Published on January 15th, 2014 | by Alex Skerratt
Moffat Planned To Feature Peter Cushing’s Dr Who In Anniversary Special
Lovers and haters of the two Dalek movies from the 1960s will openly admit that Peter Cushing’s incarnation of the famous Time Lord presents something of a problem in the Doctor Who canon. In his widescreen outings, Cushing plays a mad inventor called Dr Who, whose latest invention inadvertently whisks a group of unwillingly passengers into the time vortex where they experience adventures almost identical to the William Hartnell stories The Daleks and The Dalek Invasion of Earth.
Over the decades, many theories have been put forward in an attempt to legitimise Peter Cushing’s place in the Doctor Who universe. Was he an incarnation of the Time Lord from a parallel dimension? Or was he a future version of the Doctor forced to revisit some of his most dangerous exploits as part of a maniacal scheme concocted by the Celestial Toymaker?
Thankfully, Doctor Who‘s head writer has come forward with an intriguing new theory that might just calm a few nerves! Speaking in the current edition of Doctor Who Magazine, Steven Moffat reveals:
“When I started writing The Day of the Doctor I knew I wanted every Doctor to make some sort of appearance… But what about Peter Cushing? Now I love those movies… but they don’t exactly fit with the rest of the show, do they? … You remember that line, in the Black Archive, when Kate is explaining about the need to screen the Doctor’s known associates… She wasn’t supposed to be looking at the Vortex Manipulator – originally she was walking past the posters for the two Peter Cushing movies. In my head, in the Doctor’s universe those films exist as distorted accounts of his adventures… Sadly we couldn’t afford the rights to the posters.”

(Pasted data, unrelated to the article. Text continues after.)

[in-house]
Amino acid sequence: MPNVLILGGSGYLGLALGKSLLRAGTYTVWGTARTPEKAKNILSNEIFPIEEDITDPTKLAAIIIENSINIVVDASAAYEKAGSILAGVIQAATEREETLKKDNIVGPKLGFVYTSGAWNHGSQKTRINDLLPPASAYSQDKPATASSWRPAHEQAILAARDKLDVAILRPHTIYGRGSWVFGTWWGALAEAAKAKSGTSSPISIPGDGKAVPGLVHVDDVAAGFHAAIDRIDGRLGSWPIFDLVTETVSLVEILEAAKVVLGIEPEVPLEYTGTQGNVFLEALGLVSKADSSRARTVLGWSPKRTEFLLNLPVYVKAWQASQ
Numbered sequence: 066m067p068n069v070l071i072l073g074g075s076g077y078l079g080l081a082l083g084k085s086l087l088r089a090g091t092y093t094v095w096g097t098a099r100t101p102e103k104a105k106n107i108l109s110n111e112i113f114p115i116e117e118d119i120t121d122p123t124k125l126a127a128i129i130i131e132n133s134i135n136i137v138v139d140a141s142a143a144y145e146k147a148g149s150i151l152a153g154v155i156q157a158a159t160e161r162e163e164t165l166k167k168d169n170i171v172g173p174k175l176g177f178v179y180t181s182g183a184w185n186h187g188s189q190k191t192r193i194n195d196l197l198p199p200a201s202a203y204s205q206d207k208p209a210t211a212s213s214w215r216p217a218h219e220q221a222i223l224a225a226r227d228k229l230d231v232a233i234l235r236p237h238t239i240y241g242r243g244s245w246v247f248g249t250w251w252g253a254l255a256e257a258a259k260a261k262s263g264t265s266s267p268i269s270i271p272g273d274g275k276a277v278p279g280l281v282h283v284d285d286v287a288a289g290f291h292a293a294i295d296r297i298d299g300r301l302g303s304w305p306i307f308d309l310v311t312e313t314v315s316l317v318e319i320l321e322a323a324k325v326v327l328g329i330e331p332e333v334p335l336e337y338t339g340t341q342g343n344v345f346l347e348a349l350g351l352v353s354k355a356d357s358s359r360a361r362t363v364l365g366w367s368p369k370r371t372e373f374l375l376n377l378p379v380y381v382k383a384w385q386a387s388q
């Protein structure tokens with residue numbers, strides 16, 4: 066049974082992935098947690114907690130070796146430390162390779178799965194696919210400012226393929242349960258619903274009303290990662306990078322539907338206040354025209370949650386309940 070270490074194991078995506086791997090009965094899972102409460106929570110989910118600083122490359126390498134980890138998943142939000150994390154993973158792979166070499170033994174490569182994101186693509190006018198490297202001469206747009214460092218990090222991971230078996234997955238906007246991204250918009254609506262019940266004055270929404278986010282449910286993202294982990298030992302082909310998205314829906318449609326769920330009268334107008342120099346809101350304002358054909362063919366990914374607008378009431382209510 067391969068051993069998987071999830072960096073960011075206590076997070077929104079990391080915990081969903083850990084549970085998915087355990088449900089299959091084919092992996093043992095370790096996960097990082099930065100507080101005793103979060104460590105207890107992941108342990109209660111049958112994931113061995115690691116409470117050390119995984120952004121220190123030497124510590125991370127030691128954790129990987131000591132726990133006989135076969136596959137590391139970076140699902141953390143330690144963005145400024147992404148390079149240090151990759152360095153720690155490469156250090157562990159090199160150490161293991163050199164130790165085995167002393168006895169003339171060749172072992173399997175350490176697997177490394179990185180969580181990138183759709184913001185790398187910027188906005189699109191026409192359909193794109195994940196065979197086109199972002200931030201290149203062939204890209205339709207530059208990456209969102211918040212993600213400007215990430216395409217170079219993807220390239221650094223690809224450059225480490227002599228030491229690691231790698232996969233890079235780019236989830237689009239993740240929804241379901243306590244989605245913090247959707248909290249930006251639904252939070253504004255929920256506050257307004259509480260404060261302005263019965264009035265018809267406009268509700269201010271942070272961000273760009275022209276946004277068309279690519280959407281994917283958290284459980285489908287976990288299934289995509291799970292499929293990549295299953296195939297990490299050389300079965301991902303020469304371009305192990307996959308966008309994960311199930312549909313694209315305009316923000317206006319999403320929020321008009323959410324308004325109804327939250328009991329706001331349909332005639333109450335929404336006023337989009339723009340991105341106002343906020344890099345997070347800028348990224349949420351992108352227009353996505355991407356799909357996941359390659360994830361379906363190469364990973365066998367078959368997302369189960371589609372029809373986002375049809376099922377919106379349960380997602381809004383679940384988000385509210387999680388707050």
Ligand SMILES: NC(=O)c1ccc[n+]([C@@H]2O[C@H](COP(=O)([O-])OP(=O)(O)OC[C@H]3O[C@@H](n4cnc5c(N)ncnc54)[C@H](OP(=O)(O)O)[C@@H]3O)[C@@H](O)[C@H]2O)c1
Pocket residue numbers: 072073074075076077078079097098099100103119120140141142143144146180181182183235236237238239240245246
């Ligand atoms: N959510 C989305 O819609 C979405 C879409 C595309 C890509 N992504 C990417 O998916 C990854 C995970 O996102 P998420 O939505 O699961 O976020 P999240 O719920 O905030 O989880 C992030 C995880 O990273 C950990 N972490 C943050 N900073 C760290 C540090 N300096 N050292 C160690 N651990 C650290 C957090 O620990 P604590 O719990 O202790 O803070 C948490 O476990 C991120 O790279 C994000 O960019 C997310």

It would have been great to see. In a 50th anniversary year that saw a new Doctor, a new regeneration cycle, a mass return of missing episodes and an appearance from Tom Baker, a canonised Cushing would have been the cherry on the cake!
Alas, it wasn’t to be. The debate must rage on.